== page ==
surgeon for... For too long.

You don't forget,
Doctor, you don't forget.

No. I can't risk it.

Risk it? What are
you risking, Doctor?

My son is in there, maybe dying,
because of his friendship for you.

What about his risk?

He believed in you, Doctor.

I believe in you. Help him.

Miss Allie, would you get me a
large pot of black coffee, please?

Ben, would you get my bag
of instruments from the wagon?


Little Joe is right.

The man that you've been so
anxious to kill is now the only man

that can possibly
save your neck.

You can't let them get at me.

They can't take the law in their
own hands. You gotta protect me.

I've got my rights.
I'm a British subject.

I'll tell you what you are.

In my opinion you're
positively the lowest...

It's awfully close to the heart.

Not for a sure hand, Doctor.


ALLIE LOU: Ready, Doctor?

Well, old Hoss, you
gave us all a bit of a scare.



Old Doc,

I wouldn't even...

I wouldn't even consider
dying without my new boots on.

Thank you, Doctor.

The knowledge, the
skill, and the courage.

Yes, sir.

And remember, no hard riding

and absolutely no brawling
for at least another six weeks.

HOSS: I sure wish you'd
change your mind, Doc.

And old Doc Keefer would
love to have you stay too.

would a lot of people.

I really wish you
would consider it.

You know I'm grateful
for a lot of things.

I'll be back one day, soon as
I've straightened out a few things

in merry old England.

What if the little skunk there
turns into a snake again and

comes after you after he
gets out of Territorial Prison?

ROY: Come on.

He can't hurt me. Not anymore.

- Miss Allie Lou, I hope to see you.
- You will, I'll be right here.

- Ben, Joe.
- Take care, Doc.

Well, old Hoss.


Take him home.

MAN: Hyah!

You know, those
boots aren't so bad.

No, sir, I mean it.
As matter of fact,

I think they're
pretty nice boots.

Real fine boots.

You don't have to tell me that,
little brother. I know they are.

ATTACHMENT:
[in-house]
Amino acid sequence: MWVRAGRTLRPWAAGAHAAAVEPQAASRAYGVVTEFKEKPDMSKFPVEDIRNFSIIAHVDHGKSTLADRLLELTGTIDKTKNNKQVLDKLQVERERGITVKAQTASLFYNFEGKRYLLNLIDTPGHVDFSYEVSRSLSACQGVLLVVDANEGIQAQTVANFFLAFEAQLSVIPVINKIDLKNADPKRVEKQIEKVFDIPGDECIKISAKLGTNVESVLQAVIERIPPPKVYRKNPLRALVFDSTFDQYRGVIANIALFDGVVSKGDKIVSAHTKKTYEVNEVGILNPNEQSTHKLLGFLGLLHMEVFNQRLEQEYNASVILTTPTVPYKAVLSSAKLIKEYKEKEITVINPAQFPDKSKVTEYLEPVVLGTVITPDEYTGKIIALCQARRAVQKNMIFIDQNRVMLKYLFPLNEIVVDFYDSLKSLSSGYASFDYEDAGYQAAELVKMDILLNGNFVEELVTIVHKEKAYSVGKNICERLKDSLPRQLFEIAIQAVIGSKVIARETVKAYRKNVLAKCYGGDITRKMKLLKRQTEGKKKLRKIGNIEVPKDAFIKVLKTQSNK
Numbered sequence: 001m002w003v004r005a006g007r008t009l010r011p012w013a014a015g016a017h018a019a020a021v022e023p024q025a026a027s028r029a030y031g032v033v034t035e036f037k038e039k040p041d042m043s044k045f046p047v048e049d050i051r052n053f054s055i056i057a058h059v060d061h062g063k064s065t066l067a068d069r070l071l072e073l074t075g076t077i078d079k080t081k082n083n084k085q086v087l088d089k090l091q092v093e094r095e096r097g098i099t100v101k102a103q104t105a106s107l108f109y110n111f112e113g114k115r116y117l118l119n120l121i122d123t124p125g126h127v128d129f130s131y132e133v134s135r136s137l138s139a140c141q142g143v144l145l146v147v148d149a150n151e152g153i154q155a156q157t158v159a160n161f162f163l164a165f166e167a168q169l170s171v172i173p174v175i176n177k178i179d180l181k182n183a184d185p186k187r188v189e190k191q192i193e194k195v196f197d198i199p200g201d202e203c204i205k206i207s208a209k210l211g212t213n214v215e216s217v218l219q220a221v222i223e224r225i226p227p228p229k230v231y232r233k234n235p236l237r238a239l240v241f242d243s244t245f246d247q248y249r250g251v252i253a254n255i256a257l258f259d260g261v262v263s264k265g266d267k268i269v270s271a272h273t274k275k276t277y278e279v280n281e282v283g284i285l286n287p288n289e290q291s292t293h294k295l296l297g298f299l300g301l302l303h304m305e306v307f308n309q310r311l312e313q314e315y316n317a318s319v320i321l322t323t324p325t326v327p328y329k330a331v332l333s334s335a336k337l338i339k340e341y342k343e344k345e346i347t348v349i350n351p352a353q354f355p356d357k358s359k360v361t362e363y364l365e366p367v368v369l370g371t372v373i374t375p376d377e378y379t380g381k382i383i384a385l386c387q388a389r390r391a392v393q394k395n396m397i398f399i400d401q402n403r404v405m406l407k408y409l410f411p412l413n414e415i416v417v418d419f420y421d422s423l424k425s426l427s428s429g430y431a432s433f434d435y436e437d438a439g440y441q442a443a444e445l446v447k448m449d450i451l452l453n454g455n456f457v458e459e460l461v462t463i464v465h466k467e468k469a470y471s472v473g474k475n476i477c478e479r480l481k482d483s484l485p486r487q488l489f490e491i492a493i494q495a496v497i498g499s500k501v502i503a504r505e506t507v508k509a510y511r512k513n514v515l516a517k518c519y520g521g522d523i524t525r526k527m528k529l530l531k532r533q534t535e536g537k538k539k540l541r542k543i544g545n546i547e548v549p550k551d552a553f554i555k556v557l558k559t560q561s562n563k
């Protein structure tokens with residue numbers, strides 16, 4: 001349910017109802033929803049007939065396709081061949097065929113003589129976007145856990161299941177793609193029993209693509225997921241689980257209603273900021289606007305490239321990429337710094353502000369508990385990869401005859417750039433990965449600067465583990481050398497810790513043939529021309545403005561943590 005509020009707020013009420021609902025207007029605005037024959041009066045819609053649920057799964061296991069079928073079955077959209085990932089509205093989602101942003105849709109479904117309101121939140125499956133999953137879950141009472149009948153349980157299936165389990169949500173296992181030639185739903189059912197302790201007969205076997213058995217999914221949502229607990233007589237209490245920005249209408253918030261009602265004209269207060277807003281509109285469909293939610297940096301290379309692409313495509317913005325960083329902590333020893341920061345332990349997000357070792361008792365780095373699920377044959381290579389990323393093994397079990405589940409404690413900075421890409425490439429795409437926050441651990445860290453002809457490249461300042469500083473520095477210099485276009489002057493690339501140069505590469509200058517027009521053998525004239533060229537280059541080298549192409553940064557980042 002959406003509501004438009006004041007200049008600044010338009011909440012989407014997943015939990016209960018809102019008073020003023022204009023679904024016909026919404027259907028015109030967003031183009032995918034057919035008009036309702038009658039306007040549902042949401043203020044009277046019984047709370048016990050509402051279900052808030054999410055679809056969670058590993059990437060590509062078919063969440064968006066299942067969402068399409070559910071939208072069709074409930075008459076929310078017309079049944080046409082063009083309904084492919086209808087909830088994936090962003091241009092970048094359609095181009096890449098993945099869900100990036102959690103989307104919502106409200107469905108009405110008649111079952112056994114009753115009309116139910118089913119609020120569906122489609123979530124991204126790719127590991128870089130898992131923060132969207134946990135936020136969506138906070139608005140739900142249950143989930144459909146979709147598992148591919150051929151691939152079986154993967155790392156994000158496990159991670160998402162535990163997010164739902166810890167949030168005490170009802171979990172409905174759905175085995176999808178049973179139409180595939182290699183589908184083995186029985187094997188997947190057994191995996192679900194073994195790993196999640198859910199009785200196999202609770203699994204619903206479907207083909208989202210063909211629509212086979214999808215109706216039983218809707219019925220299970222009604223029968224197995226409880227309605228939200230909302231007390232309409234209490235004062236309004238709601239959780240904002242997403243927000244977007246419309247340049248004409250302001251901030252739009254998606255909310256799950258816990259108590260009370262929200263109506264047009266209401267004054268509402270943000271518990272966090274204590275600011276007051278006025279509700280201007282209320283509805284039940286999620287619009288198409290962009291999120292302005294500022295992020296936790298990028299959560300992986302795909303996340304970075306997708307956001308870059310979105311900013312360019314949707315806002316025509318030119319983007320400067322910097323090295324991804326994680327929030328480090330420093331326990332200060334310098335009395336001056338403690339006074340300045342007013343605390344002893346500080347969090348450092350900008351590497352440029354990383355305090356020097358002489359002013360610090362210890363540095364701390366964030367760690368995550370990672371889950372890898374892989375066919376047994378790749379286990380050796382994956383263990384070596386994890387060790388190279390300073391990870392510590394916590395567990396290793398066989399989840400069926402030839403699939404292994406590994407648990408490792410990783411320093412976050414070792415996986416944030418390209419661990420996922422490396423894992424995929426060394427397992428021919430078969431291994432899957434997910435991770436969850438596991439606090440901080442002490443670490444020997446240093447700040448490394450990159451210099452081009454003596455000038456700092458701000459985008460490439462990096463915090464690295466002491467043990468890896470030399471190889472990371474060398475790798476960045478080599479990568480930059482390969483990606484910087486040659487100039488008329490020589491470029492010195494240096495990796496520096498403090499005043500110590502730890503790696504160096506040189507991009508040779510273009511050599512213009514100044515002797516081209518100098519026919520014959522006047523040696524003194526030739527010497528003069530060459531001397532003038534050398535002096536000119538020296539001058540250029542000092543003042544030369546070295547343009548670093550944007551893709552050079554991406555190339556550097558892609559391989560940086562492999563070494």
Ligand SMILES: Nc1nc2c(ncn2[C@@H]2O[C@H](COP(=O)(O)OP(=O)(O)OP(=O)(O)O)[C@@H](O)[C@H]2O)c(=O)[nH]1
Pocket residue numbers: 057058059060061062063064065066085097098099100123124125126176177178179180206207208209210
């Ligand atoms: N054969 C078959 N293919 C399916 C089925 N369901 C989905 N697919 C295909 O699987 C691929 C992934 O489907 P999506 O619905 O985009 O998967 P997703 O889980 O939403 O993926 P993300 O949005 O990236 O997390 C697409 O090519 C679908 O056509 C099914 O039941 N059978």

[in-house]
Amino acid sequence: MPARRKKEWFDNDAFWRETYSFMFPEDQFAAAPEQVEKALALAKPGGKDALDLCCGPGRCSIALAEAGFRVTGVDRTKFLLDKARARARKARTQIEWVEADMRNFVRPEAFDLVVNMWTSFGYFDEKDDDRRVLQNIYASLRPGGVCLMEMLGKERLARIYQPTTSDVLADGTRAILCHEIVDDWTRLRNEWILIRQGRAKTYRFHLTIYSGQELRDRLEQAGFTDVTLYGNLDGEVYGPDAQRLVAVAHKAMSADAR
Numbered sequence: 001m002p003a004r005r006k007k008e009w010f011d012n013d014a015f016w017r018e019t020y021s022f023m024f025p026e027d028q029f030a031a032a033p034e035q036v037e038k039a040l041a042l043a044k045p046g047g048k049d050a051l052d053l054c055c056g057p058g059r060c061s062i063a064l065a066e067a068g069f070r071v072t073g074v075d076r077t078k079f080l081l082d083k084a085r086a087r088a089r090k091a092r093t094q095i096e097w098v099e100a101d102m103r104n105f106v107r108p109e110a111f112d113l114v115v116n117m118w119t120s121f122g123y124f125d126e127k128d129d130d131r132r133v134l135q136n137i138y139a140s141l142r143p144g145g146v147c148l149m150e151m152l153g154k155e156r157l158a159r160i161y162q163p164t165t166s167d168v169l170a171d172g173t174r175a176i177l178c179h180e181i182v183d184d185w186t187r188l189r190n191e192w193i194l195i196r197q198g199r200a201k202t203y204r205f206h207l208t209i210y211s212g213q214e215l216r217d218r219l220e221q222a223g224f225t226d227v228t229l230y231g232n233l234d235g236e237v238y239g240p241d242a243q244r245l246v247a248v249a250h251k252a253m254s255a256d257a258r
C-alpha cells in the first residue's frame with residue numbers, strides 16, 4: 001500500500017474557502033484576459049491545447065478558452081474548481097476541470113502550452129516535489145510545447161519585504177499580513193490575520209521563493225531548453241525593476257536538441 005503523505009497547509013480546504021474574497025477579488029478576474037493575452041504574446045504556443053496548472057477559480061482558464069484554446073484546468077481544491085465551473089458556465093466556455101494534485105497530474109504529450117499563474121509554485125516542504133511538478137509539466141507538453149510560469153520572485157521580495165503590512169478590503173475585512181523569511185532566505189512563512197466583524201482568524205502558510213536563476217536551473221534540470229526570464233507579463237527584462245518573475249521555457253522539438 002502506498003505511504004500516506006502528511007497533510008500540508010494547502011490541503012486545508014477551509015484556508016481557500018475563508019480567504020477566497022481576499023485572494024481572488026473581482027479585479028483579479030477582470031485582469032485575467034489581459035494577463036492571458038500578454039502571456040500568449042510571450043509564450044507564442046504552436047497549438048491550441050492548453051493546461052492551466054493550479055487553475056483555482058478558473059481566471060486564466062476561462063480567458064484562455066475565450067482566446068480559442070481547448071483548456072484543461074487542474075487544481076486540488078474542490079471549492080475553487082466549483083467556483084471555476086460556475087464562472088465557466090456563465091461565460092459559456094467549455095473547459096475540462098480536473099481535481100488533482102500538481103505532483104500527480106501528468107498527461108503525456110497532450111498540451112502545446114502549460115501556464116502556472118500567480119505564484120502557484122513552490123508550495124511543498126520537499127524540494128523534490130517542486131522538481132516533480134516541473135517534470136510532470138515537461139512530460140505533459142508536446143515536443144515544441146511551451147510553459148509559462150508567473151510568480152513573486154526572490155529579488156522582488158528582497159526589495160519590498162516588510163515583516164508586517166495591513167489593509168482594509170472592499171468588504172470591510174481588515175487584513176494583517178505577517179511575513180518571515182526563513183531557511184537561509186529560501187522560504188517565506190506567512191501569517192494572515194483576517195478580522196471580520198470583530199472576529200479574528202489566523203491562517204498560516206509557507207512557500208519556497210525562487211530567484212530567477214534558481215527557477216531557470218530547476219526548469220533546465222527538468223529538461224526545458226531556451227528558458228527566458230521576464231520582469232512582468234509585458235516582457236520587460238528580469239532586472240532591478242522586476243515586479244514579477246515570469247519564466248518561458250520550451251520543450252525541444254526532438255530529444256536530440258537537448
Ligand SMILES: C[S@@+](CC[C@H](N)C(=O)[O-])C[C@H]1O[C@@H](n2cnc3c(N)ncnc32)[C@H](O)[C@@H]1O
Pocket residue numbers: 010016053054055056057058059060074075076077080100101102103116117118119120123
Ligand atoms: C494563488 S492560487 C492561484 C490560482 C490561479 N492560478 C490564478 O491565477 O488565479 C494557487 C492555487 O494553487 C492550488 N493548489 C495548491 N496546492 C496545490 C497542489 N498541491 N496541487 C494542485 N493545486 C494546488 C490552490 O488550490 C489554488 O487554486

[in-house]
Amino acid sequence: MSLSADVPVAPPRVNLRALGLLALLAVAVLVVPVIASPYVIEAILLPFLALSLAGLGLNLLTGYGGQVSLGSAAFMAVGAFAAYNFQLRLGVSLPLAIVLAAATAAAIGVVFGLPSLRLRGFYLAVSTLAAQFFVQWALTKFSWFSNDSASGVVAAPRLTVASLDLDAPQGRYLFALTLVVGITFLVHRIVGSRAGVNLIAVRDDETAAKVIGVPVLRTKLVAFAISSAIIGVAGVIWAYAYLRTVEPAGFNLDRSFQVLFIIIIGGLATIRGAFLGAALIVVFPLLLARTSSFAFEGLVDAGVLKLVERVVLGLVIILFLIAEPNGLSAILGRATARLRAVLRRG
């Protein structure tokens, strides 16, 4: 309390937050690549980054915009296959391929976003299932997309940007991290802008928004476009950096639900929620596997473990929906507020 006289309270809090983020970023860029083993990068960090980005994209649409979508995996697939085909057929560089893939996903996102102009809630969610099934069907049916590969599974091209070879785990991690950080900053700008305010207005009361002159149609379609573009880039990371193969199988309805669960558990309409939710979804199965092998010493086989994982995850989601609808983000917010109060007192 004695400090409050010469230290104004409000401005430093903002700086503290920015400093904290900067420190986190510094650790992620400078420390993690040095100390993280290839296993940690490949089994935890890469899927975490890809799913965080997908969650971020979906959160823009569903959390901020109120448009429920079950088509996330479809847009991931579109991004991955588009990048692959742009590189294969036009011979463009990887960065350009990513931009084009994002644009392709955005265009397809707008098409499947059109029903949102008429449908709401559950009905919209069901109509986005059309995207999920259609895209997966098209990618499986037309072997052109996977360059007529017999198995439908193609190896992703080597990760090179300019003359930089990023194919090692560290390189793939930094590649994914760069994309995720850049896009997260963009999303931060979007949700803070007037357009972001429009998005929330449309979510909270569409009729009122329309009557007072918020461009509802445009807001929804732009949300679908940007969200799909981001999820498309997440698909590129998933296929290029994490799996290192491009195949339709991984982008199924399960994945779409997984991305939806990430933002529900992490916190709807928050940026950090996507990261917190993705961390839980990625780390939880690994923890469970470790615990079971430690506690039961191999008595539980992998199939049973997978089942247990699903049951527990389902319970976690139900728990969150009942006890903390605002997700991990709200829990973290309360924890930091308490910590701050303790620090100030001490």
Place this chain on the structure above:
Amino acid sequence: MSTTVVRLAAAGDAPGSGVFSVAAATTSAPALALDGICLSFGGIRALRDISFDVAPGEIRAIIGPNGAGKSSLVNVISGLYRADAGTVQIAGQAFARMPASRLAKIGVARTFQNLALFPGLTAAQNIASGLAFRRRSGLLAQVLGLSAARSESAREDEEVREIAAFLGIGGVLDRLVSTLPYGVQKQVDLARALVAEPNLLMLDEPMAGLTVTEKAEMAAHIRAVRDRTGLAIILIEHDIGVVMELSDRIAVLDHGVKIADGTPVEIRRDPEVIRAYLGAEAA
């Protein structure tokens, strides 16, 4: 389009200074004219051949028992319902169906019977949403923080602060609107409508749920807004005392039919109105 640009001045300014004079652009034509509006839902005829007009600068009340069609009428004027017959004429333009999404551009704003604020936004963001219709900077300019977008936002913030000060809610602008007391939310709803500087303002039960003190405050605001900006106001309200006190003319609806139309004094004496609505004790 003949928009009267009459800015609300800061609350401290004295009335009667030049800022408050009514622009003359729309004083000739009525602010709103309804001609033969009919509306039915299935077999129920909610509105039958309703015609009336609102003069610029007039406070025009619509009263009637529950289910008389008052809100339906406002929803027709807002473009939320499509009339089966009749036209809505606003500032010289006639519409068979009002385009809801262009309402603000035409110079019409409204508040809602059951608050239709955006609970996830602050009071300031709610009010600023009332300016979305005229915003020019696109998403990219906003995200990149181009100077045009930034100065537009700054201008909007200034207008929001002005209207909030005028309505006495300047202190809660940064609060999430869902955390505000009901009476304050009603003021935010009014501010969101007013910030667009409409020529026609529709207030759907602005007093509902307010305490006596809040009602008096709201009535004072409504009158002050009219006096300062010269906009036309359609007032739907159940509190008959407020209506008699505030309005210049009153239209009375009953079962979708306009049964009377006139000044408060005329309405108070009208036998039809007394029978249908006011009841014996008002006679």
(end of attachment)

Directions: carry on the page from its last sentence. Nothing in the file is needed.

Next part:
Come on.

Behind the Scenes of Once a Doctor

In season 6, episode 22, the large red show wagon used by Borelli reappears in the episode, albeit repainted, as Dr. Poppy’s wagon.
When Ben and Little Joe speculate about Hoss’s condition, Ben’s reference to the “living room” is an anachronism. During this period, a house with a designated area for relaxation or entertainment would typically be called a sitting room or parlor. The term “living room” didn’t come into common usage until the mid-twentieth century.

Dr. Mundy’s mention of Jack the Ripper is historically inaccurate, as Jack the Ripper was active in 1888, whereas this episode is set around the Civil War (1861-1865).

During the attempt to remove the bullet from Hoss’s back, the Doctor states that it’s too close to his heart. However, the operation is being performed on the right side of Hoss’s back, which is not near his heart.

In another instance, while operating on Hoss, the comment is made that the bullet is “awfully close to his heart,” despite the operation being conducted on his right side, which is not near his heart.

After Hoss grabs Crippen in the restaurant, his hat is knocked off his head, but in the following scene, it mysteriously reappears on his head.

Lastly, Dr. Mundy’s comparison of himself to Jack the Ripper with a scalpel in hand is historically inaccurate, given that this episode is set more than twenty years before Jack the Ripper’s infamous murder spree.

Looking for More Bonanza Episodes?

Bonanza is a beautiful, family-friendly show for solo viewing or enjoying with loved ones. Once a Doctor is episode 191 out of 430 episodes. NBC produced and aired Bonanza on their network from September 1959 to January 1973, encompassing 14 seasons.